After Saleh pretended to accept a Gulf Cooperation Council-brokered plan allowing him to cede power in exchange for immunity only to back away before signing three separate times, an assassination attempt on 3 June left him and several other high-ranking Yemeni officials injured by a blast in the presidential compound’s mosque. Saleh was evacuated to Saudi Arabia for treatment, but he handed over power to Vice President Abd al-Rab Mansur al-Hadi, who has largely continued his policies and ordered the arrest of several Yemenis in connection with the attack on the presidential compound. While in Saudi Arabia, Saleh kept hinting that he could return any time and continued to be present in the political sphere through television appearances from Riyadh starting with an address to the Yemeni people on 7 July. On 12 September, Saleh issued a presidential decree while still receiving treatment in Riyadh authorizing Vice President Abd al-Rab Mansur al-Hadi to negotiate a deal with the opposition and sign the GCC initiative. On 23 September, three months since the assassination attempt, Saleh returned to Yemen abruptly, defying all earlier expectations. Pressure on Saleh to sign the GCC initiative eventually led to his signing of it in Riyadh on 23 November, effectively ending his 33-year-old rule of Yemen and setting the stage for the transfer of power. Tawakul Karman got 2011 Nobel Peace Prize for her role in supporting women rights and involvement in the Arab Spring.
Bahrain: The 2011 protests in Bahrain were initially aimed at achieving greater political freedomand respect for human rights, and were not intended to threaten the monarchy. Lingering frustration among the Shiite majority with being ruled by the Sunni government was a major root cause, but the protests in Tunisia and Egypt are cited as the inspiration for the demonstrations. The protests began in Bahrain on 14 February and were largely peaceful, until a raid by police on the night of 17 February against protestors sleeping at the Pearl Roundabout in Manama, in which police killed three protestors. Following the deadly raid, the protestors’ aims expanded to a call for the end of the monarchy. On 18 February, government forces opened fire on protesters, mourners, and news journalists, prompting protesters to begin calling for the overthrow of the Bahraini monarchy and government. On 19 February, protesters occupied Pearl Roundabout after the government ordered troops and police to withdraw. On 22 February, an estimated one hundred thousand people, one fifth of the nation’s population, marched. On 14 March, at the request of the Crown Prince,GCC Saudi Arabian troops entered the country, and opened fire on the protesters, several of whom were killed. Later thousands of Shia protesters arose in Iraq and Qatif in opposition to the Saudi-led intervention in Bahrain.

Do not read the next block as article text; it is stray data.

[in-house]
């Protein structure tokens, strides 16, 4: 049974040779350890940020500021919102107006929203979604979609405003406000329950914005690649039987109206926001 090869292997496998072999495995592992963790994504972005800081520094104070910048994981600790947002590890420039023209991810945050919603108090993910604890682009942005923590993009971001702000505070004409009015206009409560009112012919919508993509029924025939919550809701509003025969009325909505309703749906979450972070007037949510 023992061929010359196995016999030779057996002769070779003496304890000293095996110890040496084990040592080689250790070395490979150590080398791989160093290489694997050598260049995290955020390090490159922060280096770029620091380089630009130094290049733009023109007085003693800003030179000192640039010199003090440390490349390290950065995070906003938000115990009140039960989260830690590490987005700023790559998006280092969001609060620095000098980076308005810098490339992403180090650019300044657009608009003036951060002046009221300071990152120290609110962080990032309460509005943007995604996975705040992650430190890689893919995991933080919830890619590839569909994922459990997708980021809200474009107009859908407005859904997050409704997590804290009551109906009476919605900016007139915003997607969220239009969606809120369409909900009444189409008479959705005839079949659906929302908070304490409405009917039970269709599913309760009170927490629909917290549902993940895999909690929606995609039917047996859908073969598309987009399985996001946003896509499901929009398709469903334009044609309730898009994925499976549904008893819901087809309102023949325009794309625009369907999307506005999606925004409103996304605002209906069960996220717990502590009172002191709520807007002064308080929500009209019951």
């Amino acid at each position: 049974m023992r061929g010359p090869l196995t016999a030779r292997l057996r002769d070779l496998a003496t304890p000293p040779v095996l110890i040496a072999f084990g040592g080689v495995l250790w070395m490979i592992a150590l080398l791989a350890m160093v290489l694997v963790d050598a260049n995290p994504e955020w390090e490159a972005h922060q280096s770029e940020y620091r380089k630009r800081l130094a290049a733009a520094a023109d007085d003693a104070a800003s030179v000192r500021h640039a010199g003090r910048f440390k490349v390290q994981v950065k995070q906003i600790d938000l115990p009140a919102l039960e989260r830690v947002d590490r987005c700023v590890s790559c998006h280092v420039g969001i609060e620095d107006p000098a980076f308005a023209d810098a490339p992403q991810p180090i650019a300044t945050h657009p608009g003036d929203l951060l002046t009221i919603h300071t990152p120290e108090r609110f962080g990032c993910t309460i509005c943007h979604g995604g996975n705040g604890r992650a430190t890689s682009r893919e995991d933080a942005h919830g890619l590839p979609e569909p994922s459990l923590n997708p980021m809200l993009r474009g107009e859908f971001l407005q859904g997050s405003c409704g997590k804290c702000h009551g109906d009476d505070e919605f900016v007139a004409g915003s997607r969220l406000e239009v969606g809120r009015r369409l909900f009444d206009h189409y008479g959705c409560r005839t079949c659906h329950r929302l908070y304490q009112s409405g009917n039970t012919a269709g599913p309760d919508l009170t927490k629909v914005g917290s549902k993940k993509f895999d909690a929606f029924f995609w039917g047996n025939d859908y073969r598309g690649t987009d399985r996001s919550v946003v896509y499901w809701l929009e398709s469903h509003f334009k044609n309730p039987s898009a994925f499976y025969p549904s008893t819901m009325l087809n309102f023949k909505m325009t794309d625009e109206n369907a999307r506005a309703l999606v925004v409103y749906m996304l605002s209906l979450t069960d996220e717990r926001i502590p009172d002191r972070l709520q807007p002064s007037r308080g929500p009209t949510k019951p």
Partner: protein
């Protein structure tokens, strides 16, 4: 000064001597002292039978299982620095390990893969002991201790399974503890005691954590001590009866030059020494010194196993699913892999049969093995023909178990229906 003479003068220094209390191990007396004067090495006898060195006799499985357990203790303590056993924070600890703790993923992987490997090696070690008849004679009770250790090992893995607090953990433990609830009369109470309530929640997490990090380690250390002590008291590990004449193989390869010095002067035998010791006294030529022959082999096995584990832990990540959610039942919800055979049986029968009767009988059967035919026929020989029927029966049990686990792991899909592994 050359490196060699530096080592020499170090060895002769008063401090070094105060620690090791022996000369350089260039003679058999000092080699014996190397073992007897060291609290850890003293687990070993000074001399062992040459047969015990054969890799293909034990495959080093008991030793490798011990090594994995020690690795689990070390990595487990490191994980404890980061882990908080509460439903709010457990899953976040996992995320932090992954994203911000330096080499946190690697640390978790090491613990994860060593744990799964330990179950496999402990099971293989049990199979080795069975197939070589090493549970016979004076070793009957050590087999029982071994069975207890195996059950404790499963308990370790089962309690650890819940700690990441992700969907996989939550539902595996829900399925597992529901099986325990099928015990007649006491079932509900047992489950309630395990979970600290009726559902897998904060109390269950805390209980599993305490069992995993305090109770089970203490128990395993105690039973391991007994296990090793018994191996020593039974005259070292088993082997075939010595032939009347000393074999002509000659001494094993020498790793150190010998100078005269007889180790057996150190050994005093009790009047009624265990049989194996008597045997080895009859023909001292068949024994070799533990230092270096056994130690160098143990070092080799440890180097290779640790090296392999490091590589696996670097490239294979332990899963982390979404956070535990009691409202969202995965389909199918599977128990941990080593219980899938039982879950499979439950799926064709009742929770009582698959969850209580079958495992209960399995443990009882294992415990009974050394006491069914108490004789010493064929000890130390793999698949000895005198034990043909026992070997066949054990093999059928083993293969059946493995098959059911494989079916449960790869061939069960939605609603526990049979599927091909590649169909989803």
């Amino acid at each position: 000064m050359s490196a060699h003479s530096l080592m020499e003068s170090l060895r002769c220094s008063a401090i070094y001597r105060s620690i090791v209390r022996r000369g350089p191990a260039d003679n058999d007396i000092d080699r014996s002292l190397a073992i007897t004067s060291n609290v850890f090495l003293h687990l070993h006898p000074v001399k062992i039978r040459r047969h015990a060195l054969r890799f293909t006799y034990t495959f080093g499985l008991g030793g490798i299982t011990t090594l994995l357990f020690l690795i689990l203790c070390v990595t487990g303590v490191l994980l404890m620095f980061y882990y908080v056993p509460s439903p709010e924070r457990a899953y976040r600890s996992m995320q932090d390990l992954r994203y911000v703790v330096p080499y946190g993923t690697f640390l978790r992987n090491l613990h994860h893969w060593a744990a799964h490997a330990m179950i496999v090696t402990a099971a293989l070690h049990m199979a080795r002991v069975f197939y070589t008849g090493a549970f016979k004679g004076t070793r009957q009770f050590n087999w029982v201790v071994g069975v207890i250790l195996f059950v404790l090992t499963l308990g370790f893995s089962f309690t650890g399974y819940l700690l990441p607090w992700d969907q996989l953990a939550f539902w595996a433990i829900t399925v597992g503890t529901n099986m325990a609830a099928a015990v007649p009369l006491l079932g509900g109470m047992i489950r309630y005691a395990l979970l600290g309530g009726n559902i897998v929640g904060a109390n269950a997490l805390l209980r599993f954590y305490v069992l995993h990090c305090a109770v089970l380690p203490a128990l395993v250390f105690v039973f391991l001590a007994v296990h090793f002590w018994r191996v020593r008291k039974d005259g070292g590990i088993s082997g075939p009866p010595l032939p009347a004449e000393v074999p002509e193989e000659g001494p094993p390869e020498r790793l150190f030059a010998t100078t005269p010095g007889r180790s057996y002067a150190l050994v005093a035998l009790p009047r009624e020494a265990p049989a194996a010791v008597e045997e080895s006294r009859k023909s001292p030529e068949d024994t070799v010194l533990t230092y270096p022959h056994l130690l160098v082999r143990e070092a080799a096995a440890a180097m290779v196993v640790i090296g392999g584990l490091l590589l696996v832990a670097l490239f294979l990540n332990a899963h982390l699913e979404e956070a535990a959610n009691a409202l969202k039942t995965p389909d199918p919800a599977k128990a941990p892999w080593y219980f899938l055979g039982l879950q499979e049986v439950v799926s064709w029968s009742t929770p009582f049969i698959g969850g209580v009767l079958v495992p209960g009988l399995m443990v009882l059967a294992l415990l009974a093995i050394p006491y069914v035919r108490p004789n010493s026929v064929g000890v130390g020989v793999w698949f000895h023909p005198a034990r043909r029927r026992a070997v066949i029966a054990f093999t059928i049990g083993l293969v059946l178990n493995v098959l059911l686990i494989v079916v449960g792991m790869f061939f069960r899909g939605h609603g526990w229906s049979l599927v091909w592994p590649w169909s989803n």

King Hamad bin Isa Al Khalifa declared a three-month state of emergency on 15 March and asked the military to reassert its control as clashes spread across the country. It was later lifted on 1 June 2011. On 16 March 2011, the protesters’ camp in the Pearl Roundabout was evacuated, bulldozed, and set on fire by the Bahraini Defense Force, riot police, and the Peninsula Shield Force, the military arm of the Gulf Cooperation Council, which intervened reportedly at King Hamad’s behest. Later on 18 March, the Pearl Roundabout monument was torn down as part of the crackdown on protesters.
Since the lifting of emergency law on 1 June, several large rallies have been staged by the Shi’ite community demanding the release of detained protesters, greater political representation, and an end to sectarian discrimination. As of July 2011, medical personnel are being prosecuted for treating injured protesters, and several human rights groups and news organizations have alleged they have been deliberately targeted by the Bahraini government.
Concurrent with the events in Tunisia, Egypt, Libya, Syria and Yemen, protests flared up in other parts of the region, some becoming violent, some facing strong suppression efforts, and some resulting in political changes.